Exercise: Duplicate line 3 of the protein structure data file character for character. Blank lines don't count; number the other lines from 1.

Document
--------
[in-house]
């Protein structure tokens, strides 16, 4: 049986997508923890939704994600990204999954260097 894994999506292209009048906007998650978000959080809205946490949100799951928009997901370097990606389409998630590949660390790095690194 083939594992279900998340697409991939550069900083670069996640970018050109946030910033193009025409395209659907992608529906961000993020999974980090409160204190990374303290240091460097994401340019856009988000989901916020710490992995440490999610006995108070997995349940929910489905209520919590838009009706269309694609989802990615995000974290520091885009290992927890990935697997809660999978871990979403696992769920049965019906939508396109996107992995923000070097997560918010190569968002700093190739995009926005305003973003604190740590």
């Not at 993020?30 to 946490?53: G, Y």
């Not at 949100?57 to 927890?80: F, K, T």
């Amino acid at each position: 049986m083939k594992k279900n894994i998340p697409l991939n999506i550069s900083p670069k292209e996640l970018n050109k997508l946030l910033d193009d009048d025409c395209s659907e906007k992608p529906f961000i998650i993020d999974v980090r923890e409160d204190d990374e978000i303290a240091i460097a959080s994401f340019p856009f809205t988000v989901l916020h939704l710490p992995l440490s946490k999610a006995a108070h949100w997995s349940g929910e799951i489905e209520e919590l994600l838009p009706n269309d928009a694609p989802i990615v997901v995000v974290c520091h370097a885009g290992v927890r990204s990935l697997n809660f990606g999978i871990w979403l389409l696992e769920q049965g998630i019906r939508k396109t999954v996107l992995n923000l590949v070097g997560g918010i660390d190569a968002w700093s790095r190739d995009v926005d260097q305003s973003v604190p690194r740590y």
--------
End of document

């Not at 993020?30 to 946490?53: G, Y």